Sora is a researcher in the School of Science working in the ECU-Dampier Salt Ltd. project. The main objective of the project is to understand shorebird use of man-made salt works and natural salt lakes and provide Dampier Salt Ltd. with scientific information to develop a biodiversity management plan for these systems.
- 2013-present: Postdoctoral Research Fellow, Edith Cowan University
- 2009-2013: Adjunct Lecturer, University of Western Australia
- 2009-2012: Postdoctoral Research Fellow, University of Western Australia
- 2005-2007: Predoctoral Research Fellow. Cadiz University, Spain
- 2001-2004: Predoctoral Research Fellow. Cadiz University, Spain
- American Ornithology Union
- Spanish Ornithology Society
- Cooper Ornithology Society
- Waterbird Society
- Wilson Ornithological Society
- Association of Field Ornithologists
- International Wader Study Group
Awards and Recognition
National and International Research Positions
- 2013 – Postdoctoral Research Fellowship, Edith Cowan University
- 2009 – Postdoctoral Research Award, Spanish Ministry of Science and Innovation. University of Western Australia.
Research Areas and Interests
The central part of my research to date has largely focused on coastal ecology and biology, with special emphasis in animal ecology and trophic interactions on coastal habitats (intertidal and supratidal, temperate and tropical). Most of my research has been centred in shorebirds and soft bottom benthic invertebrate, how they interact with each other, with their environment and with human activities.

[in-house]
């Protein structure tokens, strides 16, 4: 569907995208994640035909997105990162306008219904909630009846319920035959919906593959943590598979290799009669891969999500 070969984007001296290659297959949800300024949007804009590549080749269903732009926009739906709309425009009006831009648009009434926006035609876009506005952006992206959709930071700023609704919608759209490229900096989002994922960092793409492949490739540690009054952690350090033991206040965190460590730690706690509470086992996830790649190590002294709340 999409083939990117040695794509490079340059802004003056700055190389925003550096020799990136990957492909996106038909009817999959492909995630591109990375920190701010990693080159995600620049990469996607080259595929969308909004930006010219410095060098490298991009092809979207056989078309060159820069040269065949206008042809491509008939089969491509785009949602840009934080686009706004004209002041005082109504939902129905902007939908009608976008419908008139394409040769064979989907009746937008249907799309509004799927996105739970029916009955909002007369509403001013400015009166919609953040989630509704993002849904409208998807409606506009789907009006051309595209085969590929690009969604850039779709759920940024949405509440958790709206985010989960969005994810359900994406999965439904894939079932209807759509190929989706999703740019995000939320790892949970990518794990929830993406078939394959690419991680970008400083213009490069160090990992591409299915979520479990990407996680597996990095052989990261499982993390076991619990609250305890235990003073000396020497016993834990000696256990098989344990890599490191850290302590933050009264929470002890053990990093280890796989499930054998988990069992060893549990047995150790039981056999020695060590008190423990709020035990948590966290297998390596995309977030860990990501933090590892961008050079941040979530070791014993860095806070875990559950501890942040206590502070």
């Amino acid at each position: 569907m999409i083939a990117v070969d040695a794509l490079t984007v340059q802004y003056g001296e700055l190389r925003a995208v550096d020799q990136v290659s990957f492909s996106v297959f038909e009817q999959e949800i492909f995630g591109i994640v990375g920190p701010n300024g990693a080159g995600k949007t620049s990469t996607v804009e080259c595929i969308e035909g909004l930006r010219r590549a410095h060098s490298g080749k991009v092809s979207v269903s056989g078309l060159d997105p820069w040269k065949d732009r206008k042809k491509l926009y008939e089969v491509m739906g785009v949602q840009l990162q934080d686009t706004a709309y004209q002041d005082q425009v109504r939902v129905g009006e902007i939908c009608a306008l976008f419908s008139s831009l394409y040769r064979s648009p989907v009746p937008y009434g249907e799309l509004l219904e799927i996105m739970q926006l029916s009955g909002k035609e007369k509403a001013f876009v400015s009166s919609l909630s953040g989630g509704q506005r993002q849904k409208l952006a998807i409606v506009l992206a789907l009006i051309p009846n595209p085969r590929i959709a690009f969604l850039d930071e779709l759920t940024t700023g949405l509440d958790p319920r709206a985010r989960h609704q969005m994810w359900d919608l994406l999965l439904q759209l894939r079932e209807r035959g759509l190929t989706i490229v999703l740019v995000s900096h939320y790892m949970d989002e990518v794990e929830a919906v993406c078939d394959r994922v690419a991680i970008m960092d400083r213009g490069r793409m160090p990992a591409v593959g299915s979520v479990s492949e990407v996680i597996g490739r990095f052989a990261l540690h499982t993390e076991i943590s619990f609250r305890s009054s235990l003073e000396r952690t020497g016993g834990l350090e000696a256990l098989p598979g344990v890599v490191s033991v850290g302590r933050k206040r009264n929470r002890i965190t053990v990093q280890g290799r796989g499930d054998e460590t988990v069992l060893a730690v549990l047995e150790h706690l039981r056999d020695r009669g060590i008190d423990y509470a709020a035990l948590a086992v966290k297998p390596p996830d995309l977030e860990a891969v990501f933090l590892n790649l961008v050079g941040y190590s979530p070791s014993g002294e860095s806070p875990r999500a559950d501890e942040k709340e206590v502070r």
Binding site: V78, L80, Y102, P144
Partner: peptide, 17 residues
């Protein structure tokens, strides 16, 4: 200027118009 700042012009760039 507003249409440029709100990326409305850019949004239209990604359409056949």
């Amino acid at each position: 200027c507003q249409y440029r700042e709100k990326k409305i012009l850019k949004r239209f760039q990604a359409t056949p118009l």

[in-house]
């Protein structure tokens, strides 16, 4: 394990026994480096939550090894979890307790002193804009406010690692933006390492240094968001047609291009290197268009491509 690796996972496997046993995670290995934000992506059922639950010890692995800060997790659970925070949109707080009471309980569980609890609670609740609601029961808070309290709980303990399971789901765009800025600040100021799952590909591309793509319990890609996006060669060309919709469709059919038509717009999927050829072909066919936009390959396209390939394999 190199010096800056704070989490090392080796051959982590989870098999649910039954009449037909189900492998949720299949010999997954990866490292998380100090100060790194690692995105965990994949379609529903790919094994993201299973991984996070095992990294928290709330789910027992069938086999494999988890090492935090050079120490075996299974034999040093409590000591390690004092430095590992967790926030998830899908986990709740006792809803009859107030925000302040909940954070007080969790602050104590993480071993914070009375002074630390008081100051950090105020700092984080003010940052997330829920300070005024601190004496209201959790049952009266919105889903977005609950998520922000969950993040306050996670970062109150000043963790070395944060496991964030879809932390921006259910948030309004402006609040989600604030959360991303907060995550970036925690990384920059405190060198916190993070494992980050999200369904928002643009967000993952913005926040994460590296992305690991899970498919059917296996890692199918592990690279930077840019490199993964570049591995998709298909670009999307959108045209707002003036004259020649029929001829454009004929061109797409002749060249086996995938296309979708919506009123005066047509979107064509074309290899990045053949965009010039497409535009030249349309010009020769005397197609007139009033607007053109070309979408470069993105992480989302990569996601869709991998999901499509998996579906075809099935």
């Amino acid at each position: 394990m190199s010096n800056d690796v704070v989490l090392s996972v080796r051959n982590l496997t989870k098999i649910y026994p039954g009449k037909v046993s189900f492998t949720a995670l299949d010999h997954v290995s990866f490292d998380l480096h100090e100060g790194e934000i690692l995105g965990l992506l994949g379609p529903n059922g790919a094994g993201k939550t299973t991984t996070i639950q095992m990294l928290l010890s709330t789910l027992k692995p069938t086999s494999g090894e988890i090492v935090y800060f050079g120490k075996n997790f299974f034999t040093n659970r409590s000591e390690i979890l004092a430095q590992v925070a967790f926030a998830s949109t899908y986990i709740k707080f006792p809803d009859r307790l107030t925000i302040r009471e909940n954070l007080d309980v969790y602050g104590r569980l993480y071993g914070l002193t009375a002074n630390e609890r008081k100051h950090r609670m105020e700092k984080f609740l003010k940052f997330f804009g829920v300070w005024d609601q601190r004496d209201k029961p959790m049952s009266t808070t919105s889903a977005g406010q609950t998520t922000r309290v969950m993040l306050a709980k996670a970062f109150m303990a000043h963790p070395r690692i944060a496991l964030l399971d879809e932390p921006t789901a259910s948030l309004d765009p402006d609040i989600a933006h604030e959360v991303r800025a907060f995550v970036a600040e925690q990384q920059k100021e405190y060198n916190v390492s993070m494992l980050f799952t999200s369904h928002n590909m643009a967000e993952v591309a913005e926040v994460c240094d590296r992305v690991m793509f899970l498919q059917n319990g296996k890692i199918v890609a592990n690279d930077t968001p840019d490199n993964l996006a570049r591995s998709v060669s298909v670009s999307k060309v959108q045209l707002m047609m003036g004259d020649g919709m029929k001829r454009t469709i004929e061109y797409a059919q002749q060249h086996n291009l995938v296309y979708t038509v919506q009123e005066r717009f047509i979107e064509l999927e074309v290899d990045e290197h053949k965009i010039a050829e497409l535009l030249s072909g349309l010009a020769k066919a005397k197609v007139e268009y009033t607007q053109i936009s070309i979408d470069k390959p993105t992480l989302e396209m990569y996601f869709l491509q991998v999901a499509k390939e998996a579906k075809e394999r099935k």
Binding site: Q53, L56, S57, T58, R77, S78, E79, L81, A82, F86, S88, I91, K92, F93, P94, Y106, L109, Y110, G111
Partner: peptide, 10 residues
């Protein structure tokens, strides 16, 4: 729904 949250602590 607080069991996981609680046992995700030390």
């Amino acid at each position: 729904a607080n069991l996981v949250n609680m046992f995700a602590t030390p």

I have three main research areas:
- Trophic ecology of coastal habitats – Description and identification of trophic relationships in coastal habitats is a fundamental key to understand the functioning of these complex ecosystems. Using stable isotopes analysis, diet studies, direct observations and field experiments, I have identified the food webs, primary producers and consumers that support intertidal predators such as shorebirds in tropical and temperate habitats.
- Foraging ecology, feeding mechanisms and kinematics. Evolutionary ecology –In animal foraging ecology theory, small prey are consider unprofitable unless they are consume at high speed or in high numbers. Shorebirds present an array of feeding mechanisms (e.g. Surface Tension Transport and the use of distal rhynchokinesis) that diminish prey transport time, which in turn enhance small prey profitability as well as shorebirds’ foraging efficiency. These feeding mechanisms allow shorebirds to exploit habitats with distinct abiotic and biotic conditions and to overcome the physical constrains of the aquatic medium.
- Biodiversity conservation and management plans of coastal wetlands – Coastal habitats are subjected to high anthropogenic pressure and they represent the most endangered ecosystems in the world. Therefore, understanding the effects that human activities have on these ecosystems is of primary importance. I studied the effects that resources exploitation (e.g. shell fishing) can have on shorebirds and their resources. More recently I have examined the effects that human disturbances such as eutrophication can have on coastal trophic interactions.